[¶24] Assuming the district court erred in relying on the findings from the divorce proceeding, we conclude that error would be harmless because the court's other findings are sufficient to support the court's finding of domestic violence. The district court made a finding of domestic violence, and stated its finding was based upon the following:
1. Threatening statements to Krista that Daniel would blow up her parents['] boat and that she would find them floating in Lake Superior.Krista Frisk presented evidence to the district court in her affidavits and at the June 3, 2004, and December 15, 2004, evidentiary hearings to support those three findings.
2. Daniel appeared to be following Krista while she was driving when she received a phone call from Daniel where he stated that someone was following him in his vehicle and trying to kill him. During this call, Daniel indicated that he had a gun from the office safe and there would be carnage because he would commit suicide by cop. Fearful, Krista drove to her parents['] home where Daniel partially blocked the driveway. Because of Daniel's behavior during this incident, the police were concerned enough to contact Daniel's psychiatrist who recommended that Daniel be picked up for evaluation.
3. After entry of the stipulated Order of June 3, 2004, Daniel continued "harassment" type behavior and "taunting" behavior toward Krista including driving by her home, retrieving property from the home without waiting for law enforcement to arrive, showing up at the children's school at a time when he knew that Krista would be there to pick them up and attempting to communicate with Krista through gestures and facial expressions when she is in her vehicle at the children's school.
[¶25] In Krista Frisk's affidavit, dated May 28, 2004, she stated during the 2003 Christmas holiday, Daniel Frisk threatened to hire a convicted criminal to kill her parents. She claimed Daniel Frisk said, "Don't be surprised if you find your parents floating in Lake Superior," and told her he was going to blow up her parents' boat and make it look like an accident. Daniel Frisk's attorney questioned Krista Frisk about this incident during the June 3, 2004, evidentiary hearing.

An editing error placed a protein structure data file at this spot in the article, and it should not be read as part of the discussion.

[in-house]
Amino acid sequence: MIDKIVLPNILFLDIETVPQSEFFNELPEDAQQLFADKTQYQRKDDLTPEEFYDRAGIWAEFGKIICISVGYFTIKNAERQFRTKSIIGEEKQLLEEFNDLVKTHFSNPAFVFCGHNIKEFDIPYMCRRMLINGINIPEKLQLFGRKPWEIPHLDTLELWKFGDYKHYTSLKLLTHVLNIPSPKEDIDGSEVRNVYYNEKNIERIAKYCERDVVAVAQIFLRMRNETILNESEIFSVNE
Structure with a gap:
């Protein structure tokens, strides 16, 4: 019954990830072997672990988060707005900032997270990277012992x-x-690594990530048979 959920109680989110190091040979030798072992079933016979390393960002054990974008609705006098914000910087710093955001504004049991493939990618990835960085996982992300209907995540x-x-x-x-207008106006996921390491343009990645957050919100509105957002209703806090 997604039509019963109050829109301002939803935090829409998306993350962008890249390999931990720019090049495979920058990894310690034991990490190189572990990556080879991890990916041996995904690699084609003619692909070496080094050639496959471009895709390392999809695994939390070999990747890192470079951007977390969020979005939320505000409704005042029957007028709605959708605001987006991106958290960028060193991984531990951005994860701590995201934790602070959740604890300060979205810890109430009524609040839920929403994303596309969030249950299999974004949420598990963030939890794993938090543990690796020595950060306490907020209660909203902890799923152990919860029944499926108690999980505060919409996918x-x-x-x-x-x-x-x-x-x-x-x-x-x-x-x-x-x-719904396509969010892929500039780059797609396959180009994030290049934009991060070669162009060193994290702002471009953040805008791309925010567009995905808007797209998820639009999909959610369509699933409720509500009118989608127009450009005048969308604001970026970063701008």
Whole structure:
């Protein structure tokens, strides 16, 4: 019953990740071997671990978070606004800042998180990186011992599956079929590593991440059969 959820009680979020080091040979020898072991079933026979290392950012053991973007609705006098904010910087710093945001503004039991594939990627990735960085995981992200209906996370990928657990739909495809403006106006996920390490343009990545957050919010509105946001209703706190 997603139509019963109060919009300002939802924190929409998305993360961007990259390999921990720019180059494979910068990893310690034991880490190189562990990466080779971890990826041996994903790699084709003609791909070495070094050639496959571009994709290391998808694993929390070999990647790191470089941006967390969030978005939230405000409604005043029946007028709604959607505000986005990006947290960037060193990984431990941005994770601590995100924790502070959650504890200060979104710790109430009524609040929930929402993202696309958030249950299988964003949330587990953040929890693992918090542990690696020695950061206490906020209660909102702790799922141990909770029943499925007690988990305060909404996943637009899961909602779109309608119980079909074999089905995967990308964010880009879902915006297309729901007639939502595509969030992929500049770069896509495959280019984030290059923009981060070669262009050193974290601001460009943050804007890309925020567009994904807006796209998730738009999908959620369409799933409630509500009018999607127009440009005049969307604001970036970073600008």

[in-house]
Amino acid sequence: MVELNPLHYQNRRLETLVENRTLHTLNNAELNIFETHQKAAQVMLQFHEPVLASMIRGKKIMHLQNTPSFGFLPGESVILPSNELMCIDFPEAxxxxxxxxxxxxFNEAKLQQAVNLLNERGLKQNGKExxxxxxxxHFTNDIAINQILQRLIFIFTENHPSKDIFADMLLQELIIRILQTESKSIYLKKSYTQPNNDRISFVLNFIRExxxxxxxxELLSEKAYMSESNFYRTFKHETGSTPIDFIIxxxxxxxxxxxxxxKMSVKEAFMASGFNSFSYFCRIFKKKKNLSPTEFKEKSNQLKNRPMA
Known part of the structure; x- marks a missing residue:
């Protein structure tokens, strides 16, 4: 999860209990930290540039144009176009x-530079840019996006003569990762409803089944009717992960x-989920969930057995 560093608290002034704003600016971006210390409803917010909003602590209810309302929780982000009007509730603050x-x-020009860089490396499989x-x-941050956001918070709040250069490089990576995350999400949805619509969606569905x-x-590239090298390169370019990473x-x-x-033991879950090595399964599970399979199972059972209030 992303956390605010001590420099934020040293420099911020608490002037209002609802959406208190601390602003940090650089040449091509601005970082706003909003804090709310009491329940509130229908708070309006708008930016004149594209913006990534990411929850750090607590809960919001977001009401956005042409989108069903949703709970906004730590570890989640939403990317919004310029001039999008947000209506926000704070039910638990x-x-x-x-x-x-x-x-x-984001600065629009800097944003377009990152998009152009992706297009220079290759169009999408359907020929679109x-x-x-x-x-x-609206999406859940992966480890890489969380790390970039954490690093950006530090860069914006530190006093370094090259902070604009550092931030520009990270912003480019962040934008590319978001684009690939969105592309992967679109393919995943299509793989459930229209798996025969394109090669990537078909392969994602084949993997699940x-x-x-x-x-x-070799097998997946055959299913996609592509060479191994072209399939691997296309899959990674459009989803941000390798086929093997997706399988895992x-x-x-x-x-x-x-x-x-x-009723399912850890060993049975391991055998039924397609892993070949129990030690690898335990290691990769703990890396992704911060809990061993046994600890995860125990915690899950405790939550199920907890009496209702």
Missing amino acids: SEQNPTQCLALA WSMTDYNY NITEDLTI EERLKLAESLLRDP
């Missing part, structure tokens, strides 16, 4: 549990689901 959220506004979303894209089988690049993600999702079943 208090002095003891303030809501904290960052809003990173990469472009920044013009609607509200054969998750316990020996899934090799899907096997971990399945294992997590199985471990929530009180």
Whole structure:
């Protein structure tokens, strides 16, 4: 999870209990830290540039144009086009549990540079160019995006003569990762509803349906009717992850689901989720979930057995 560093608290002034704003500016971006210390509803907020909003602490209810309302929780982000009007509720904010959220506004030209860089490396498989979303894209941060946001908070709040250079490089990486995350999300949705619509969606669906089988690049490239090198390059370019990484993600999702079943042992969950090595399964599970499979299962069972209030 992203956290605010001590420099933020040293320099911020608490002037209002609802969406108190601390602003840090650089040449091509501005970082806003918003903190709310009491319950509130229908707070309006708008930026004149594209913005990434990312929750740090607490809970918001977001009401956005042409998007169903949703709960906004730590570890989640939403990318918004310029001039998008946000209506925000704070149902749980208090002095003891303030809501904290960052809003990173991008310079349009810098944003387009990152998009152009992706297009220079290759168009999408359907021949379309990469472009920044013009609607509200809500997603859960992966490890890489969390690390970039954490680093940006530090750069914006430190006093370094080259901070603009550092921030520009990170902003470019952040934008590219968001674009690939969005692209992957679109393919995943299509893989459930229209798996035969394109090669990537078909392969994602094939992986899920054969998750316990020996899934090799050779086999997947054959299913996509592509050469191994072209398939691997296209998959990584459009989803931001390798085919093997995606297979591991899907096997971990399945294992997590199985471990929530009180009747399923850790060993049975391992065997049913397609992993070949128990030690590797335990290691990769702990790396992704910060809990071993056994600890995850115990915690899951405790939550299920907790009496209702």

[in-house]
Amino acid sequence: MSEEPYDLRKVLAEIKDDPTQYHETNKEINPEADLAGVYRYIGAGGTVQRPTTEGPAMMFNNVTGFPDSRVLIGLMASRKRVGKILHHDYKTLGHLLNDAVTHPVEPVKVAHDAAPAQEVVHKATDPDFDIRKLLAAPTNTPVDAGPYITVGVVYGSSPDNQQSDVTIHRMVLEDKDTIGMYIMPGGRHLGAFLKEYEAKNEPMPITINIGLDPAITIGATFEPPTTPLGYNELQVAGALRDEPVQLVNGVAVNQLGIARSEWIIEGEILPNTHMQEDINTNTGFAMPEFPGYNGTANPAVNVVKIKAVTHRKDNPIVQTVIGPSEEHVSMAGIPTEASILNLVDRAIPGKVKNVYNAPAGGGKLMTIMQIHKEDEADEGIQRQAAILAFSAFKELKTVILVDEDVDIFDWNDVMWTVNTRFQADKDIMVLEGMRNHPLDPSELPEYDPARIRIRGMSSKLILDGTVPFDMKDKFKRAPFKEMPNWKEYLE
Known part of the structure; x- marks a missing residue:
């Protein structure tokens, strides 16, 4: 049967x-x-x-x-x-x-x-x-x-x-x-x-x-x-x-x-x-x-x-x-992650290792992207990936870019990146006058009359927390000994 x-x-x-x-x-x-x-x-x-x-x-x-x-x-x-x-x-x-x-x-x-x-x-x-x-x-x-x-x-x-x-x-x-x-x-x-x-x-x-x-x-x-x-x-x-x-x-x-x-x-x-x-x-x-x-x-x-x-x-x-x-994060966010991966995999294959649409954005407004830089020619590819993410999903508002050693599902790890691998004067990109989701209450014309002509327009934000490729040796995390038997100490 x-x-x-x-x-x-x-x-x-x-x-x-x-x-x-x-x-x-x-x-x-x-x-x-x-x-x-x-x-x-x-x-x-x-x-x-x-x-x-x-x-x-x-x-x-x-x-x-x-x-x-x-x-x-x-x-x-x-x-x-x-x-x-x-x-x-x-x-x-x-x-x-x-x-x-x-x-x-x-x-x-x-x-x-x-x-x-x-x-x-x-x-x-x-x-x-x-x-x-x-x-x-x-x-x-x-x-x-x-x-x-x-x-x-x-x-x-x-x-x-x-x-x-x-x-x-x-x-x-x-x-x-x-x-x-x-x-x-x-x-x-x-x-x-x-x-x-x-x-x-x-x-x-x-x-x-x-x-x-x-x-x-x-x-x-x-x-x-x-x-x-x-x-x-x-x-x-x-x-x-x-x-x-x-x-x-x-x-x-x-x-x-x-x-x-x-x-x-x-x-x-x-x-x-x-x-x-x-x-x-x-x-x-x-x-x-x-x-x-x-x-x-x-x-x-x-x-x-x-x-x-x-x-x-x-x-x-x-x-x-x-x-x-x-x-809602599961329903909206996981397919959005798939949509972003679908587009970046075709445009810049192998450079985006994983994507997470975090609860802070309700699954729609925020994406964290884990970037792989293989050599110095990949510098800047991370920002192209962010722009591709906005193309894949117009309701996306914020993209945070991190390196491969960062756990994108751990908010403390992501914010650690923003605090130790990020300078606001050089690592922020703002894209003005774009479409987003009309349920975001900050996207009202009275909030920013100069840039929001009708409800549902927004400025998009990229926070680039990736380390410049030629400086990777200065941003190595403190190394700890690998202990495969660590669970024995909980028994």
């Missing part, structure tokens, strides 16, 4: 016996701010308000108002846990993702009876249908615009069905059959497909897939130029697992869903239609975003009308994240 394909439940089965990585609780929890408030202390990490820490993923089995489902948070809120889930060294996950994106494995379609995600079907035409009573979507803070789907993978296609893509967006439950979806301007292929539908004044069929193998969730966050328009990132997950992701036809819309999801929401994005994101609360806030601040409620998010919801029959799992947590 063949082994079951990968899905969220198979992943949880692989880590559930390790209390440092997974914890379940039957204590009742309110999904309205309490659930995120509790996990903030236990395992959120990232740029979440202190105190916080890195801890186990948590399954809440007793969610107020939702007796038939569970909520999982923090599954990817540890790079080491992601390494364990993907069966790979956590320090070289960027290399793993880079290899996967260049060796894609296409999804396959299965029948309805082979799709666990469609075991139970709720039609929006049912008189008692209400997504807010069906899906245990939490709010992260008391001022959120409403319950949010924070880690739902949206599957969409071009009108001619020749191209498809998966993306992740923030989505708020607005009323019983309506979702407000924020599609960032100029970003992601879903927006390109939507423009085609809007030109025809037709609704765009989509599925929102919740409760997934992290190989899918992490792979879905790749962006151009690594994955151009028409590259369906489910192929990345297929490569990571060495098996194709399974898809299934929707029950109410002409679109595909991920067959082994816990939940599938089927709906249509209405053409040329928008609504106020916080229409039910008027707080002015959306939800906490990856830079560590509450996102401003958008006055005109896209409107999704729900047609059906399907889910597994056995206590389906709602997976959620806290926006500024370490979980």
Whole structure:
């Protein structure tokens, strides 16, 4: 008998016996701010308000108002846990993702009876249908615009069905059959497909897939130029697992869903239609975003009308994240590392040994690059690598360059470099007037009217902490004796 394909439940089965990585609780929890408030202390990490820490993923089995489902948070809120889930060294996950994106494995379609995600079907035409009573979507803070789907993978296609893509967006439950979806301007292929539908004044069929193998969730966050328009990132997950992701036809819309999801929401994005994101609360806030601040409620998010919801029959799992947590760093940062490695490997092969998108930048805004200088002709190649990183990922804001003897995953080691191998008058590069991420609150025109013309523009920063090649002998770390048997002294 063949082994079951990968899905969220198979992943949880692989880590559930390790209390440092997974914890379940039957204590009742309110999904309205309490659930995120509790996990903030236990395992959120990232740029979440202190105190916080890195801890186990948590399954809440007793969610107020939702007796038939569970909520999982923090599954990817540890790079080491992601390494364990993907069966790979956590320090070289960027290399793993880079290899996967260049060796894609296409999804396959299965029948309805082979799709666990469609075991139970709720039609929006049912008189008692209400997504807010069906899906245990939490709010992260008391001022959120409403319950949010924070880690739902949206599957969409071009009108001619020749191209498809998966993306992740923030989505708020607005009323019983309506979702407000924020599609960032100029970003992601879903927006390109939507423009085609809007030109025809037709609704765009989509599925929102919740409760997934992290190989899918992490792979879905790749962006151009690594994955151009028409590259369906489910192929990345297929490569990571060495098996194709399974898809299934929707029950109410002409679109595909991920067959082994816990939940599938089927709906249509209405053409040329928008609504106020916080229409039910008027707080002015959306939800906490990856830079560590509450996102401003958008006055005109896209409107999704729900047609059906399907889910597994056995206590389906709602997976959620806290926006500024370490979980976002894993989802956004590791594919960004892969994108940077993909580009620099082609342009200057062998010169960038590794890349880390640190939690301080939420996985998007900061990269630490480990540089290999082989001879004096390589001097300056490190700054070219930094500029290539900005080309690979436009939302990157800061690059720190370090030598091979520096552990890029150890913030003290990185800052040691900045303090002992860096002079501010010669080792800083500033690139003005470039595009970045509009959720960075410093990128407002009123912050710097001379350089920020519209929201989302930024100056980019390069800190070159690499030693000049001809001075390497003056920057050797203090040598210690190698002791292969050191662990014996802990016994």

[¶26] In the May 28, 2004, affidavit, Krista Frisk claimed on May 10, 2004, Daniel Frisk showed up at the children's tae kwon do lesson and said, "You have a problem. You just lost your kids," and then he left. Krista Frisk claimed:
He called me on my cell phone a few minutes later, stating he had just retrieved his gun from [his law partner's] safe. He stated that someone is following him and trying to kill him. He made the statement, "There is going to be carnage." After leaving Tae Kwan Do, I eventually drove to my parents['] home in South Fargo. When I arrived, I found that Daniel was blocking my vehicle from driving into my parents['] driveway. My parents called 911, however, by the time the police arrived, Daniel had left.Krista Frisk testified about this allegation at the June 3, 2004, evidentiary hearing. Although Daniel Frisk did not testify at the June 3, 2004, hearing, there was testimony from Dr. Lind, Daniel Frisk's psychiatrist, about his application for Daniel Frisk's emergency commitment; and testimony from Daniel Frisk's law partner about Daniel Frisk's access to the law firm's safes, including the safe Krista Frisk claimed Daniel Frisk said he took the gun from.